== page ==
Mothers come in all shapes, sizes, and personalities, with different values and beliefs. Some aren’t good at parenting and others are a bit more hands on than they need to be. Children are innocent and they love unconditionally, even when mom isn’t doing the right things.
Sometimes moms repeat the cycle of neglect, abuse, control, and so on. Maybe they never come to realize that there is a need for change or that they can do better. Some don’t have the energy or willpower to overcome their habits. Others just aren’t equipped for what life brings them or are conflicted by want their spouses insist upon. Moms do their best in each moment.
I have a lot of respect and admiration for single parents. I sometimes say I come from a twice broken family. My mom was married and divorced twice, and raised my sister and me with help from my grandma.
She lost her battle to cancer four years ago and I was left to go through her finances and personal documents. What an eye-opening and heartbreaking experience. I was amazed by how much she did for us on her income, and I thought about the sacrifices she must have made. It’s undeniable that my sister and I had a good childhood. We had more than enough food, a lot of nice clothes, went to movies, and enjoyed many different things, including an occasional trip.
One day I ended up at a class called GriefShare and realized I was laden with guilt. God was in action because no one else showed up that night (it’s a multi-part series) and I benefitted from one-to-one time with the facilitator, who is a mom and a widow. She used the love I have for my daughter to help me see and understand that my mom was happy to do what she did. She wanted to provide the best life she could for me. Above all, mom wanted me to be happy, and it would make her sad to know that I wasn’t enjoying life as fully as I could because I was carrying around unnecessary guilt.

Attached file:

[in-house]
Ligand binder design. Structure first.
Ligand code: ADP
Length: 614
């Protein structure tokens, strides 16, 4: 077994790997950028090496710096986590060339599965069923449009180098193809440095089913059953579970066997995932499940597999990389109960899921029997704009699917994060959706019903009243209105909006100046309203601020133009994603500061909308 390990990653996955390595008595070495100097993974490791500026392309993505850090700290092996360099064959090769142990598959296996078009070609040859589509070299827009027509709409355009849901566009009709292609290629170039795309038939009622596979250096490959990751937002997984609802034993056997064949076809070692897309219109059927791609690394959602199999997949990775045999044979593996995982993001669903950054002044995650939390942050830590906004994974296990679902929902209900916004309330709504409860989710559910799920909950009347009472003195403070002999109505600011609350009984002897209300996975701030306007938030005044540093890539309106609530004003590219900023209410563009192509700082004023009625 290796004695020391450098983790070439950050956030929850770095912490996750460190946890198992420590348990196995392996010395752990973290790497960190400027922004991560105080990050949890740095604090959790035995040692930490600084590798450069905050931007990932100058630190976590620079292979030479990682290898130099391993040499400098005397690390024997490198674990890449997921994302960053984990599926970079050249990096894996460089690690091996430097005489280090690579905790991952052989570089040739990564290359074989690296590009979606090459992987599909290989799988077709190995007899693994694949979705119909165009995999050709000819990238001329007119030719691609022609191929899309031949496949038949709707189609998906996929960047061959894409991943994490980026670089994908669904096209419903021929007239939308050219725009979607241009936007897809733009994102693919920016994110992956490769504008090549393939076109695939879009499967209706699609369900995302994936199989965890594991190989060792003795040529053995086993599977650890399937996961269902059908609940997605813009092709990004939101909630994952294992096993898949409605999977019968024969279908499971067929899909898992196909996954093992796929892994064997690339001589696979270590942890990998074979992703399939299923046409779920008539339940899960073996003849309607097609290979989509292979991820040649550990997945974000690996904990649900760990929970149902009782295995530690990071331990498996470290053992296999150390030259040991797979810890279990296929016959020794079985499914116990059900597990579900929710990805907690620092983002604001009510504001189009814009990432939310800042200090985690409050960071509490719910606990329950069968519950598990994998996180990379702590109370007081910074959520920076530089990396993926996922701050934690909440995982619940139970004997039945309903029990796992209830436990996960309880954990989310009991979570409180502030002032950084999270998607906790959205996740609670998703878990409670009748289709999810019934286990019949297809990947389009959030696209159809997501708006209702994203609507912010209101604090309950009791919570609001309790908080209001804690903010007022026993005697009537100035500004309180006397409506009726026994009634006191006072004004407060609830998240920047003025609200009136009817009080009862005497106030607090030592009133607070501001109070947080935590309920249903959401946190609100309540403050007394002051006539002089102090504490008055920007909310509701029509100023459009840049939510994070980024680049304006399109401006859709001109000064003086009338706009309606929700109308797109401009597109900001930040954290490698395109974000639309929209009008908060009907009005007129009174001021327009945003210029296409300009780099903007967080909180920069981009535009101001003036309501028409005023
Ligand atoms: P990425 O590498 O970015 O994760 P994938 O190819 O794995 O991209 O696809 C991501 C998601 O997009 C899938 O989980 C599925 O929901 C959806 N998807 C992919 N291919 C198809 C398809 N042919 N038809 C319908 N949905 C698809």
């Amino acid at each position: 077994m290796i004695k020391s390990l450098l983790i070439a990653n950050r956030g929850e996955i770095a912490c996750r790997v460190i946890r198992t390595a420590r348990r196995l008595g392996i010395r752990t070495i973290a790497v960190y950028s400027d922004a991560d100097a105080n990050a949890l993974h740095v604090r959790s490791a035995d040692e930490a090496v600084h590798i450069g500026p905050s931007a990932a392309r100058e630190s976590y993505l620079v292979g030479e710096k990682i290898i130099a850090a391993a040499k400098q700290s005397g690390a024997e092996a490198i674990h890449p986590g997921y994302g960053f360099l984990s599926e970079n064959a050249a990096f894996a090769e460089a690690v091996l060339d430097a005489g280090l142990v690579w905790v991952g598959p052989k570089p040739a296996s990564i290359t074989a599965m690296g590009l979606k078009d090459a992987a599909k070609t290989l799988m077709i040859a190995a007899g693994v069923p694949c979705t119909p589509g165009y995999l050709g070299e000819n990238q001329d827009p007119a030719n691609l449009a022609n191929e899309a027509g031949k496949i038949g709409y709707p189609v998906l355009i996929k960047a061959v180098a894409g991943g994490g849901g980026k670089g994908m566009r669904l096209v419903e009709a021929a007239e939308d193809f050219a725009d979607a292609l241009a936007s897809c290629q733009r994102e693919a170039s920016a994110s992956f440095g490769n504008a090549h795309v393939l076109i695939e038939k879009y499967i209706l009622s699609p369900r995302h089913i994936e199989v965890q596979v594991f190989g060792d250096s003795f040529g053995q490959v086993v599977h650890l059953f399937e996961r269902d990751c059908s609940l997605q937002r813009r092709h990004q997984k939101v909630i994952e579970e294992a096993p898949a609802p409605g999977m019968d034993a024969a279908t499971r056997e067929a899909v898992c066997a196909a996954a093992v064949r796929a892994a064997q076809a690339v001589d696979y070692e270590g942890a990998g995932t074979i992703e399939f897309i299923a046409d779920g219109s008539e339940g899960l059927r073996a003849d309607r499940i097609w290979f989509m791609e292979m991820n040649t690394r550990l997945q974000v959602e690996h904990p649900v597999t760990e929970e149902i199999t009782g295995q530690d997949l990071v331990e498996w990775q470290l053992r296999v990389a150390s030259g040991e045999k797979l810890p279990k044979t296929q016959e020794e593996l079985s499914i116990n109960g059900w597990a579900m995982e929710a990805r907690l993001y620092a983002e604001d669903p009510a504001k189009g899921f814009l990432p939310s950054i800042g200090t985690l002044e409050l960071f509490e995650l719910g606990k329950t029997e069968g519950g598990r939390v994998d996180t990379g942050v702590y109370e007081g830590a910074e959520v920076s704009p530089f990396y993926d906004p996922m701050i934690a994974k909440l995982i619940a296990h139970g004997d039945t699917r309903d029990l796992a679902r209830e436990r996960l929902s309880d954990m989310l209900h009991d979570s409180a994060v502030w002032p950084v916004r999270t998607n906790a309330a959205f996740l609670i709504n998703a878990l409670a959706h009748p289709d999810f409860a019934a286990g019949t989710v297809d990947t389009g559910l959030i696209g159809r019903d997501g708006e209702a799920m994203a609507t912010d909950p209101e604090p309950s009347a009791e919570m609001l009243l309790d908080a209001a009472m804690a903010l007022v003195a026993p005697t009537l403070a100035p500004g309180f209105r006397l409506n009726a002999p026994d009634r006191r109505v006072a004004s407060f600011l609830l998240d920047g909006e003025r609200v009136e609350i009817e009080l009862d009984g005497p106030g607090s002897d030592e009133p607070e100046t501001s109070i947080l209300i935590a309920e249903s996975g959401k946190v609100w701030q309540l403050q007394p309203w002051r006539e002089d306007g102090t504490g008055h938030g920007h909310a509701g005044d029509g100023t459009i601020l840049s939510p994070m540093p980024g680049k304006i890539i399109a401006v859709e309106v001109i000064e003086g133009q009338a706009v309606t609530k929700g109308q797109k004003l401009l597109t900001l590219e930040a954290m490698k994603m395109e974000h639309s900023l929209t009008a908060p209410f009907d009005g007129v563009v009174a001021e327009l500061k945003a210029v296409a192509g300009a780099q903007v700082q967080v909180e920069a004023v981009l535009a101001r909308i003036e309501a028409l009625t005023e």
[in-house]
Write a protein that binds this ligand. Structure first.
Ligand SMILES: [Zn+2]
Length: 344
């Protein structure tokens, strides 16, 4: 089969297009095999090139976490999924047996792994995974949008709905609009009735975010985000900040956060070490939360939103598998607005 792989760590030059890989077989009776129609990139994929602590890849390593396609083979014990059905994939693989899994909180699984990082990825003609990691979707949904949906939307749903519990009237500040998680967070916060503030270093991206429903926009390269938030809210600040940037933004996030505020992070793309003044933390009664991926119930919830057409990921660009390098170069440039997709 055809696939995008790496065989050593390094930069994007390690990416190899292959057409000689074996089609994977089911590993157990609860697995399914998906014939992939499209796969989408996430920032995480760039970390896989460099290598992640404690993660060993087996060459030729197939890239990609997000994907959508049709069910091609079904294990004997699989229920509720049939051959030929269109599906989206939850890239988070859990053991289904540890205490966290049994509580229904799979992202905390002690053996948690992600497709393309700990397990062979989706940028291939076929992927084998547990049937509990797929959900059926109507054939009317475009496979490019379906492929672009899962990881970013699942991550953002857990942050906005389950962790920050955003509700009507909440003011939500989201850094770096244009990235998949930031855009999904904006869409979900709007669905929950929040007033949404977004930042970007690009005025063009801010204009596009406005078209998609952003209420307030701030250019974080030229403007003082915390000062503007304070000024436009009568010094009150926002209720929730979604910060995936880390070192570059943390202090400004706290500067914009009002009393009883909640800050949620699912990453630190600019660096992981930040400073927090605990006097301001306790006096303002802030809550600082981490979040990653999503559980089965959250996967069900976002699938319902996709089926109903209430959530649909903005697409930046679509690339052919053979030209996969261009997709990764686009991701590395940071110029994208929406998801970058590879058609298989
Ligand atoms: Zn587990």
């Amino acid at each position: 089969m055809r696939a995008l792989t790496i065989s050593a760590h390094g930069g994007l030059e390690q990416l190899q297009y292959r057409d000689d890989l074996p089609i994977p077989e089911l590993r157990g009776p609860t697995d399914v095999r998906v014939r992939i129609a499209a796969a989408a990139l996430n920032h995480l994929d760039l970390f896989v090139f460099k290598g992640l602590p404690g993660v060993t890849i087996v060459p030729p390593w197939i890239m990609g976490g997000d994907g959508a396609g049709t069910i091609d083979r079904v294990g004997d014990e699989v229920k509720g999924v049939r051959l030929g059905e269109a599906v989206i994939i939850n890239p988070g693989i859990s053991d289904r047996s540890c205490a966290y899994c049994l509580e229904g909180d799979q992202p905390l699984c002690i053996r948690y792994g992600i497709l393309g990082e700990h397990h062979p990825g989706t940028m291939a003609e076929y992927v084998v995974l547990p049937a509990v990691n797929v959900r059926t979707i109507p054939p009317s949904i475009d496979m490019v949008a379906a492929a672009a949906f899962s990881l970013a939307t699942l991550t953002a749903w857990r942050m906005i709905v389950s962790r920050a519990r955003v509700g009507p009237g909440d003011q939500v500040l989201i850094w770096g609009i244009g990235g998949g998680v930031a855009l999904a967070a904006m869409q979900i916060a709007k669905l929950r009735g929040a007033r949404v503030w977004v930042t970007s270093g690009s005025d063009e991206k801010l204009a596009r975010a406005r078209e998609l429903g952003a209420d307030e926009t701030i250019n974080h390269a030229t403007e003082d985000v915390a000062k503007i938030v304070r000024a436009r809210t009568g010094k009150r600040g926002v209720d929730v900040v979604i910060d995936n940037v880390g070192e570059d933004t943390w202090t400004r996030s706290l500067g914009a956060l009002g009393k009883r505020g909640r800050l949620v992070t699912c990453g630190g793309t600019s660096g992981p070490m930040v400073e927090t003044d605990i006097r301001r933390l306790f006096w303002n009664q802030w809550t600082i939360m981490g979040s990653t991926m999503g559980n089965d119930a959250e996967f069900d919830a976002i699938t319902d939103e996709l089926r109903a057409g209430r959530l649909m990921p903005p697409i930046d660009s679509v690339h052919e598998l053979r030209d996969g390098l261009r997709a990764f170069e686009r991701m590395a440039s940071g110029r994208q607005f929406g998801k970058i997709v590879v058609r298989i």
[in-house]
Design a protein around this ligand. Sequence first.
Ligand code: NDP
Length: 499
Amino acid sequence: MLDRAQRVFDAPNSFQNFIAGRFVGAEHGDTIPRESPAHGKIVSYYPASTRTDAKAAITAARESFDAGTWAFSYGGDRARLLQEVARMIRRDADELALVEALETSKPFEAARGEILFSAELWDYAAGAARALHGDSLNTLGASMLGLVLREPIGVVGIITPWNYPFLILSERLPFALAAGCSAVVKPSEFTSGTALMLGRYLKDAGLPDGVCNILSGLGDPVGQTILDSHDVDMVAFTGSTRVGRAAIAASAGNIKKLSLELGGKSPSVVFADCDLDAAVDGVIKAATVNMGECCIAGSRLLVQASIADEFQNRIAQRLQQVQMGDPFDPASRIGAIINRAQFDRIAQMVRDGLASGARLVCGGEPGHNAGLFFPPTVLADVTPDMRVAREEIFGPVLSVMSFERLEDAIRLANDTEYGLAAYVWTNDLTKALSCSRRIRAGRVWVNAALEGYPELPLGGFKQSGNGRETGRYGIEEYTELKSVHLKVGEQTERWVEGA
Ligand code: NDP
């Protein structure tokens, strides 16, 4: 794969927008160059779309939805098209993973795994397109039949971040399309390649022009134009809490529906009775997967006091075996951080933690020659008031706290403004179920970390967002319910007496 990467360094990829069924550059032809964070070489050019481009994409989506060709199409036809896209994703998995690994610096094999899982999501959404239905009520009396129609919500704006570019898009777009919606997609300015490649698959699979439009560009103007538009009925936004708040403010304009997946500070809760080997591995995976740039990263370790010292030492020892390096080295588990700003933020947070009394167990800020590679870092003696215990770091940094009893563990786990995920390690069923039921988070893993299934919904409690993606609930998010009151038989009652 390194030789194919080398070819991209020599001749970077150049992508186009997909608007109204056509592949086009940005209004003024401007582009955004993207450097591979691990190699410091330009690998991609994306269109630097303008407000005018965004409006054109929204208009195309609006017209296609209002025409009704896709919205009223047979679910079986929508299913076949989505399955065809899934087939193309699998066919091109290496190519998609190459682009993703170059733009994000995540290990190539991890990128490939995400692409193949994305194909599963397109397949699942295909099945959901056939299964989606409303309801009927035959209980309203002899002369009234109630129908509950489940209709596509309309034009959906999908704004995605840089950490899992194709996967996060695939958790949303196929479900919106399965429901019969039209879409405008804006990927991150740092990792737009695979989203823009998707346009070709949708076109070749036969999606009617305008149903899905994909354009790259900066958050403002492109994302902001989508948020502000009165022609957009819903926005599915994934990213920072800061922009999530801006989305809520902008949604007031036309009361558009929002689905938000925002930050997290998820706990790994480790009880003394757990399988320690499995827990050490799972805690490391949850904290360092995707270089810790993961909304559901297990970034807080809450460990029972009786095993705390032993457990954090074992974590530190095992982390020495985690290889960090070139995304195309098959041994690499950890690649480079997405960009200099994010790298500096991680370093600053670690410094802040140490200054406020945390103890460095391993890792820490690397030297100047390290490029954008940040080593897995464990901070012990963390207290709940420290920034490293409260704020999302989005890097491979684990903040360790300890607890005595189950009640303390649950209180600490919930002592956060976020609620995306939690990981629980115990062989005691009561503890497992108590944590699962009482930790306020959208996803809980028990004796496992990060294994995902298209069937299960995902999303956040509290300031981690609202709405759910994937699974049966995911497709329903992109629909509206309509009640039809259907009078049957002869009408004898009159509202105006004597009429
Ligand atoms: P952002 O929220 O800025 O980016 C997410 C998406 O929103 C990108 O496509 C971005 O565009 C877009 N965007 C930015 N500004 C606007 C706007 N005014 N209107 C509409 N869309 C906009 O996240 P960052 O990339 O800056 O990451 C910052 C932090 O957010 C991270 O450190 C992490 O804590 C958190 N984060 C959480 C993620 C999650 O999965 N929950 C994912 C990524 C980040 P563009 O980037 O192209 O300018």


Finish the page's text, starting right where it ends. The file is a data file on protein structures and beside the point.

My mom, a single-parent on a limited income, left behind a townhouse for me to sell and divide the proceeds between my sister, me and mom’s boyfriend. It wasn’t a huge sum but we paid off our cars, his student loan, took a couple of short trips, and put enough of a down payment on a home to make the monthly payments affordable.
I felt guilty about having this house. I remember her telling me long before she was sick that she chose to by the townhouse and make sacrifices because she wanted to leave something behind for us. She wanted us to use the money to make sure we had roofs over our heads. I did that, but I still felt bad. It makes matters worse that this house is in a subdivision that I had suggested she consider moving us to more than 20-years ago. She looked at me incredulously. She had to explain that the property was way out of her reach. And, even though it’s modest and poorly decorated, my family and I are in a home that mom could never afford.
The most comfort came from someone helping me understand that everything I have is a blessing from God.
The one thing I wish mom had left me is a record of her life. She was a private person who guarded many of her thoughts and feelings. On top of that, time changes things and memories fade. I would have loved it if I had come across a journal or something that chronicled at least some of her life. Something I could have shared with my precious daughter, who never had the chance to meet my mom.
I wish mom had literally left her story behind because I can’t do it justice.